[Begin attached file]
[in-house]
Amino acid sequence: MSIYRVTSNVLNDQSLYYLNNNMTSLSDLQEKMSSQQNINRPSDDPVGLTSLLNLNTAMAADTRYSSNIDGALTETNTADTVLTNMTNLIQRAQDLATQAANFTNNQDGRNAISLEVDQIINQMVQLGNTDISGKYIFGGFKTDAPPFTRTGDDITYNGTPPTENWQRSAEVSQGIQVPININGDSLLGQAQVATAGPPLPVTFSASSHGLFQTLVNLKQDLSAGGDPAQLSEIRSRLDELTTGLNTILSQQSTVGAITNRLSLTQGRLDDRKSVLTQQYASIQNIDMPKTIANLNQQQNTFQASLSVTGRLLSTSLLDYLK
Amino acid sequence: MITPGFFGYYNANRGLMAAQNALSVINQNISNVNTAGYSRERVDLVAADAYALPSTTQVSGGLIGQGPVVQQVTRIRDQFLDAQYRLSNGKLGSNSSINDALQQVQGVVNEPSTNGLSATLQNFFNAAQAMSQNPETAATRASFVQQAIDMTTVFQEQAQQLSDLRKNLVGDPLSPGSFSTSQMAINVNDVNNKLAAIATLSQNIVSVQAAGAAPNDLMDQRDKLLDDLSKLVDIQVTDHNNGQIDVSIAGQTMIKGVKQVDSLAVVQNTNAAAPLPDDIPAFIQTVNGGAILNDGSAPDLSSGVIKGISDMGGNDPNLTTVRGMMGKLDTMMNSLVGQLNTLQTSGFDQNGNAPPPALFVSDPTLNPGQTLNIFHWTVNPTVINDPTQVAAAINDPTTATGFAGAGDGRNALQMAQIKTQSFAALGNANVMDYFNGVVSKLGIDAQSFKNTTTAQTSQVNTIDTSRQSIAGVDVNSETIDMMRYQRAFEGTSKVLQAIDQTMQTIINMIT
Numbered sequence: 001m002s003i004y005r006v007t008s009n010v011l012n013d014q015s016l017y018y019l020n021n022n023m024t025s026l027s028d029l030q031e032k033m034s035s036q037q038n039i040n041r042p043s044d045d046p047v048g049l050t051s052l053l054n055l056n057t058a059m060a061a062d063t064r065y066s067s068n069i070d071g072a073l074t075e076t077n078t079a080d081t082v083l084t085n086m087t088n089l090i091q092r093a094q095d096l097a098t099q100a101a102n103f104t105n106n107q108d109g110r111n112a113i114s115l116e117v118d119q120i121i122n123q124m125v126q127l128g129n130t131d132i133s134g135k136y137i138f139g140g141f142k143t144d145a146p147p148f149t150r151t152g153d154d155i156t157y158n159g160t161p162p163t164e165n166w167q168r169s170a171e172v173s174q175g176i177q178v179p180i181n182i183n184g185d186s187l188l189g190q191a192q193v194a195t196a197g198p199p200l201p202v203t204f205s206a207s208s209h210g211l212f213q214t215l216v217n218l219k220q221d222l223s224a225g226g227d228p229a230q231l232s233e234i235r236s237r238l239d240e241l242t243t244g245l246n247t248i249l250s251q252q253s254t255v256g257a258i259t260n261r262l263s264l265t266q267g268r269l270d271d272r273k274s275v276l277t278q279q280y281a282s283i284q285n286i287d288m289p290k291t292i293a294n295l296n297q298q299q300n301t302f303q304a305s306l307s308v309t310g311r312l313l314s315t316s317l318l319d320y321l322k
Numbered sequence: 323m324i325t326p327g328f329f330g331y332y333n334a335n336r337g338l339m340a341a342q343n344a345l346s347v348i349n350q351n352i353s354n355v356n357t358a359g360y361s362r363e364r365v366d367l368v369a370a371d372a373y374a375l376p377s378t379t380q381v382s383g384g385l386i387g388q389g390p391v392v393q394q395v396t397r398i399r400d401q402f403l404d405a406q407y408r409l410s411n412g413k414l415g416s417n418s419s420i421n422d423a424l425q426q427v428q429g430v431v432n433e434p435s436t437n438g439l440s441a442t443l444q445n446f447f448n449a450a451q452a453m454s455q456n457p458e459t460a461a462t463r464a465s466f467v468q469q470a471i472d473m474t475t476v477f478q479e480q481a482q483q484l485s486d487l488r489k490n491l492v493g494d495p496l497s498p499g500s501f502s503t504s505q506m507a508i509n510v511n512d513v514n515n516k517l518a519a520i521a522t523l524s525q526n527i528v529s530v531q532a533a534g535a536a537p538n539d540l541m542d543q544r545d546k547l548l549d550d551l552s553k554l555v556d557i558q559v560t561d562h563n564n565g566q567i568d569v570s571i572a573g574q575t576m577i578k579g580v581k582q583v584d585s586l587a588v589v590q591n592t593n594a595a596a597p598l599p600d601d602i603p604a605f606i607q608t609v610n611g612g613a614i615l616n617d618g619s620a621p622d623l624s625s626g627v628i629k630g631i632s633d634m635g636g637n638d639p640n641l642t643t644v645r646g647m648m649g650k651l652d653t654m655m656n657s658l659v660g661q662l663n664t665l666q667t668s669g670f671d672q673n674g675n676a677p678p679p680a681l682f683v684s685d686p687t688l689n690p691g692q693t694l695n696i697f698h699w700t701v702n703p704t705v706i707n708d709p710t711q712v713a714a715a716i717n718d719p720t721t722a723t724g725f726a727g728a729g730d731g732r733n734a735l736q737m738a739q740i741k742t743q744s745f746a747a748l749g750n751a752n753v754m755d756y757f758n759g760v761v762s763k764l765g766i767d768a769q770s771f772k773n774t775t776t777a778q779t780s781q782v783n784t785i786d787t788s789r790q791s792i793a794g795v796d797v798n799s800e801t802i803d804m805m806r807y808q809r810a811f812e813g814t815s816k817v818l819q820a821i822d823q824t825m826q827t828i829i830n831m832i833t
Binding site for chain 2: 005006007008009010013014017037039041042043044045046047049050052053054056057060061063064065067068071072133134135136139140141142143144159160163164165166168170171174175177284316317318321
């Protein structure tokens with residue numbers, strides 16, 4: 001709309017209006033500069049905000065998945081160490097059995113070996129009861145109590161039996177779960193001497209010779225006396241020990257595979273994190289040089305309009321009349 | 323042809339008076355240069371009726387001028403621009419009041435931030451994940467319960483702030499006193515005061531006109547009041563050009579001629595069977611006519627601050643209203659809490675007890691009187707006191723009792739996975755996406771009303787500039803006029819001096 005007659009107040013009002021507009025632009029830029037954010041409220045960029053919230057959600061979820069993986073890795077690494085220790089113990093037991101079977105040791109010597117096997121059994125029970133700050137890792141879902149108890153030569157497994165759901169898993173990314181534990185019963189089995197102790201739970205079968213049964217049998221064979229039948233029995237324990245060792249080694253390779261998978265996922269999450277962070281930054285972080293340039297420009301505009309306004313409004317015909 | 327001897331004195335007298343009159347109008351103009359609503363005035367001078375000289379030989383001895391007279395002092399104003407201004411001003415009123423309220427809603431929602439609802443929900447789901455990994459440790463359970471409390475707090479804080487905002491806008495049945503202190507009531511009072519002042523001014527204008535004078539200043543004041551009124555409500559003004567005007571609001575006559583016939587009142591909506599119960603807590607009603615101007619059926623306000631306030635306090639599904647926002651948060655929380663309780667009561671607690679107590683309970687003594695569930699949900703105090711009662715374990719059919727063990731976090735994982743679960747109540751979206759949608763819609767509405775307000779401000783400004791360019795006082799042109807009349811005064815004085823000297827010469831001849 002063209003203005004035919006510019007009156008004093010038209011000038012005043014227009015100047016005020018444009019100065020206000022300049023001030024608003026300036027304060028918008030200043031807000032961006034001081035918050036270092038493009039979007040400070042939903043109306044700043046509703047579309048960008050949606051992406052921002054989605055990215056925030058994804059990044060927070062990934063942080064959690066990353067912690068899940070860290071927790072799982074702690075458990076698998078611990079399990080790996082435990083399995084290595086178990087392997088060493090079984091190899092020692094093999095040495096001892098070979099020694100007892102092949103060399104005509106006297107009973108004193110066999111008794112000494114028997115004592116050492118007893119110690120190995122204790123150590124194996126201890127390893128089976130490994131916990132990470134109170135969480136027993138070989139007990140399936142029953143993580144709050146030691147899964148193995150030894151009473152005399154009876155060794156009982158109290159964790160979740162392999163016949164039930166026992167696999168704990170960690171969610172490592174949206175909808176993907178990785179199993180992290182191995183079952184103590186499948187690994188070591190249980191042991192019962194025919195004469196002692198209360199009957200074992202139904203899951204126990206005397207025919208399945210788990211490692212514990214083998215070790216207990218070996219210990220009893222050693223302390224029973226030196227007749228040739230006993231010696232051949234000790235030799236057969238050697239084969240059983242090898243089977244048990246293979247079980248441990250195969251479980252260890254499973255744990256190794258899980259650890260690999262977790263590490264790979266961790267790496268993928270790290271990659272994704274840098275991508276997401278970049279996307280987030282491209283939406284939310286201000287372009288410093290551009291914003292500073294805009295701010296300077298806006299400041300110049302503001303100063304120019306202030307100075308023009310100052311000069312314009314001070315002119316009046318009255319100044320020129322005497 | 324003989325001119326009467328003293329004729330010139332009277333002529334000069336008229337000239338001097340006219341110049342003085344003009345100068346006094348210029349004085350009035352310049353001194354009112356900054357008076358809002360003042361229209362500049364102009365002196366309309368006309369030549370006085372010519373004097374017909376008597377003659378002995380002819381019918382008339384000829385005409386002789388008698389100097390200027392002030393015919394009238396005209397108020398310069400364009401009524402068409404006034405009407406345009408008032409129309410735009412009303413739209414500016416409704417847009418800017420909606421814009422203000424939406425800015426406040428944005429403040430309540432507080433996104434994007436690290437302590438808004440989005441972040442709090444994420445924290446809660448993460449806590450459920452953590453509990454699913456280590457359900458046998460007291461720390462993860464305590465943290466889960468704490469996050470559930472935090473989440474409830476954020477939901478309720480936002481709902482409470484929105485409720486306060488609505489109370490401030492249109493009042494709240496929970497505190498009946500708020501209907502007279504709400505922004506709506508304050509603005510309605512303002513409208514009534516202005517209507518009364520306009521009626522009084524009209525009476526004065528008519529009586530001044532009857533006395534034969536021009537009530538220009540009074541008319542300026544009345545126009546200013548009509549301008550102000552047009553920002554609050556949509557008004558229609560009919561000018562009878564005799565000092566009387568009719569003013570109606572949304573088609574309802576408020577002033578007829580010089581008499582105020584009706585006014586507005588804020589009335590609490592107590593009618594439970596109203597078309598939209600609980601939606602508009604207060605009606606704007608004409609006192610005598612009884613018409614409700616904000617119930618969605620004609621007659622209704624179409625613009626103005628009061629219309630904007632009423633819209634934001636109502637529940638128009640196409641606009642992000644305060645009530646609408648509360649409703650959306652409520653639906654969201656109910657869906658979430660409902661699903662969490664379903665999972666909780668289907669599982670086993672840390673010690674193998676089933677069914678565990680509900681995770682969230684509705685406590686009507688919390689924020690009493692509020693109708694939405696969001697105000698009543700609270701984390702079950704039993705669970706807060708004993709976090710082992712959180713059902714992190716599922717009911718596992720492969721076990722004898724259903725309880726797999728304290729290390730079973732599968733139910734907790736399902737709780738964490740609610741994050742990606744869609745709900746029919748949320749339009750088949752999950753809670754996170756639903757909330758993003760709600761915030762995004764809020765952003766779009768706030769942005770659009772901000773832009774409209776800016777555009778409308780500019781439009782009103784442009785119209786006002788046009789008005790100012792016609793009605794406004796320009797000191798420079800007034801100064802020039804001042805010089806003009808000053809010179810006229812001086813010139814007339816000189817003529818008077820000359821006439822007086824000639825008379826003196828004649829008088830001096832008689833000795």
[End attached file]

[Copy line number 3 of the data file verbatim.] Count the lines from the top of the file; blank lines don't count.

Amino acid sequence: MITPGFFGYYNANRGLMAAQNALSVINQNISNVNTAGYSRERVDLVAADAYALPSTTQVSGGLIGQGPVVQQVTRIRDQFLDAQYRLSNGKLGSNSSINDALQQVQGVVNEPSTNGLSATLQNFFNAAQAMSQNPETAATRASFVQQAIDMTTVFQEQAQQLSDLRKNLVGDPLSPGSFSTSQMAINVNDVNNKLAAIATLSQNIVSVQAAGAAPNDLMDQRDKLLDDLSKLVDIQVTDHNNGQIDVSIAGQTMIKGVKQVDSLAVVQNTNAAAPLPDDIPAFIQTVNGGAILNDGSAPDLSSGVIKGISDMGGNDPNLTTVRGMMGKLDTMMNSLVGQLNTLQTSGFDQNGNAPPPALFVSDPTLNPGQTLNIFHWTVNPTVINDPTQVAAAINDPTTATGFAGAGDGRNALQMAQIKTQSFAALGNANVMDYFNGVVSKLGIDAQSFKNTTTAQTSQVNTIDTSRQSIAGVDVNSETIDMMRYQRAFEGTSKVLQAIDQTMQTIINMIT